12. That's amazing! Perhaps I should try teaching him french or keyboard then!!!?
     
  13. inky

    inky Lead commenter

    Lol!
    My dad was a bit amazing. Perhaps I should have said that he ended up a primary school HT...
    [​IMG]

     
  14. Msz

    Msz Established commenter

    I was totally left dominant until I broke my left arm at primary school and started writing with my right. I still use my right hand for writing but my left for everything else (I can use both but find most things easier left handed).
    My father also had his left hand tied up at school ... until my grandfather cut him free with pruning knife and told the teacher never to do it again[​IMG] He didn't!
     
  15. Wow!!! As a fellow lefty I find some of this tying hands behind backs stuff quite disturbing!!
    I was the only lefty in my class though and now on my PGCE I still am.
    I write, draw and paint with left hand but use scissors in my right - I hate lefty scissors, the colours distract me. I also use the computer mouse in my right hand but my lefty friend has to move it to the left side and use it that way which really confuses me.
    I am also good with instruments and speak Spanish and German.
    I enjoy being different to the majority of my peers and would have hated to have my arm tied back.
    I have just been on placement in a reception class and quite a few children in there are still deciding on a prominent hand and quite often switch between hands. We did the test on them where they looked through the toilet roll tube and the majority used right hand to right eye so it might just be a case of they are still deciding.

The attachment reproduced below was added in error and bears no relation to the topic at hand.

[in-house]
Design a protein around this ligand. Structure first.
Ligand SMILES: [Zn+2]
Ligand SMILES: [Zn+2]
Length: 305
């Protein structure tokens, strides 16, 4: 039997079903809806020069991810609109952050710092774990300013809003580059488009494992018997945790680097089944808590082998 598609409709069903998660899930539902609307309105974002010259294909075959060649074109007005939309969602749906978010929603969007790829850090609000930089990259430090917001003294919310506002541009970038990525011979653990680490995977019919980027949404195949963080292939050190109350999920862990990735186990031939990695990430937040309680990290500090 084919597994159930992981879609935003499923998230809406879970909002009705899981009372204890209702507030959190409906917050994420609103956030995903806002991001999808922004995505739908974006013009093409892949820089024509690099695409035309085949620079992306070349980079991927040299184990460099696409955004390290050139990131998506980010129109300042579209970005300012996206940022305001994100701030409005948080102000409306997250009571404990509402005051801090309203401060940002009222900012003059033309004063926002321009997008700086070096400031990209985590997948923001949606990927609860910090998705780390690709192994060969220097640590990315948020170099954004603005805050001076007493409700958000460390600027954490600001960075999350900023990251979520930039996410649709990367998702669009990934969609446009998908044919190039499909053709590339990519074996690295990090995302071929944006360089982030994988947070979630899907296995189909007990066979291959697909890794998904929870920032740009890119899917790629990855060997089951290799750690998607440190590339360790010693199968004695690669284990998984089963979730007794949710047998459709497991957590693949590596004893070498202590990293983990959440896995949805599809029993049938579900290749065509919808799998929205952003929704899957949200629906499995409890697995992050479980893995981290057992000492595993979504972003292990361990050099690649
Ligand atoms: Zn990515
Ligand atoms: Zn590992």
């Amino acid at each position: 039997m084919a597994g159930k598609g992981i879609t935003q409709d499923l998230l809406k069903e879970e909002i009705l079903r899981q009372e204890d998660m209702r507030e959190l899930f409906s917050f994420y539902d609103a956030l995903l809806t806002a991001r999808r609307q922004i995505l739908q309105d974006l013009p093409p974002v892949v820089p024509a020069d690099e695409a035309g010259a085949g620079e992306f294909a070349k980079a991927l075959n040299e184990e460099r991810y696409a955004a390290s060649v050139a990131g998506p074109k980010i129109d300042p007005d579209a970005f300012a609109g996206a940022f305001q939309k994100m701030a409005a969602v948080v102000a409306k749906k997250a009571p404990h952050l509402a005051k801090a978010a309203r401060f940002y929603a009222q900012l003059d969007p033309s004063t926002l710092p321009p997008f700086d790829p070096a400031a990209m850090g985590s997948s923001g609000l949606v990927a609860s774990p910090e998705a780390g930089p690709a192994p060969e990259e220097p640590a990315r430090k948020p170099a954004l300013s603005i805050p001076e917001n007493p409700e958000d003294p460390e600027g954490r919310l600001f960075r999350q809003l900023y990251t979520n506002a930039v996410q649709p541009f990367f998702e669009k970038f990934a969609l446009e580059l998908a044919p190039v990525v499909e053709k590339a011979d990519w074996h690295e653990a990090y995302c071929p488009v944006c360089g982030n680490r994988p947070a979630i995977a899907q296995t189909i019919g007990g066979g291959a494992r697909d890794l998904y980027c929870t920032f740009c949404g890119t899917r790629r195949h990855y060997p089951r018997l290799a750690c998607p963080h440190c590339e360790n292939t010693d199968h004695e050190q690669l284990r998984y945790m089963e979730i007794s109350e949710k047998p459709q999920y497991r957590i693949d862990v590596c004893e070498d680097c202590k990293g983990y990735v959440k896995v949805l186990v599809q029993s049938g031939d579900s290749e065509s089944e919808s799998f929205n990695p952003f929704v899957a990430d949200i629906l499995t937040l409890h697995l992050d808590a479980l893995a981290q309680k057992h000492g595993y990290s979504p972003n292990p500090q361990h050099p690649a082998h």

Kellou
     
  16. Msz

    Msz Established commenter

    A third of my class are lefties this year ... I think it's a personal record.
     
  17. I don't think I personally know more than 10 lefties!!
    There might be more of them now because we don't punish them anymore and we don't accuse them of being the devil.
    As I said, I always knew I was different and my placement mentor found it really funny when I would demonstrate everything for left and right handed chn as she is right handed and it 'never occurred' to her.
    Perhaps the fact that I see myself as different encourages me to promote that difference automatically.
    My brother is a lefty as well and we are the only 2 in the family. The specialist tried telling my mum it was because he is autistic and dispraxic but I am neither and a lefty. Work that one out.
    Kellou
     
  18. Msz

    Msz Established commenter

    my son is autistic and dyspraxic and right handed in a left handed family
     
  19. upsadaisy

    upsadaisy New commenter

    I seem to have more and more left handed children in my classes than I did when I first started. We have lots of lefties in my family (hubby, nephew, sister in law, niece) but one of my girls in right and the other is mainly right but sometimes uses the left, however she is 3.
     
  20. As a right handed person in the midst of left handers I struggled for years mastering a computer mouse which always ended up on the left of the computer.my right handed son just used his left hand! My Father also told stories about being made to write right handed at school but reverting to left as often as possible.
    So I was horrified to come across families in my current school worried because children were using their left hand for writing. It turns out that some Muslim families~ who only use right hand for eating {left is for unclean tasks}were worried that if allowed to write with left hand, children may favour left hand for eating too! That may happen but I think I have mostly convinced them that writing is pretty tricky anyway so allowing children to use their preferred hand for writing had to be a good thing.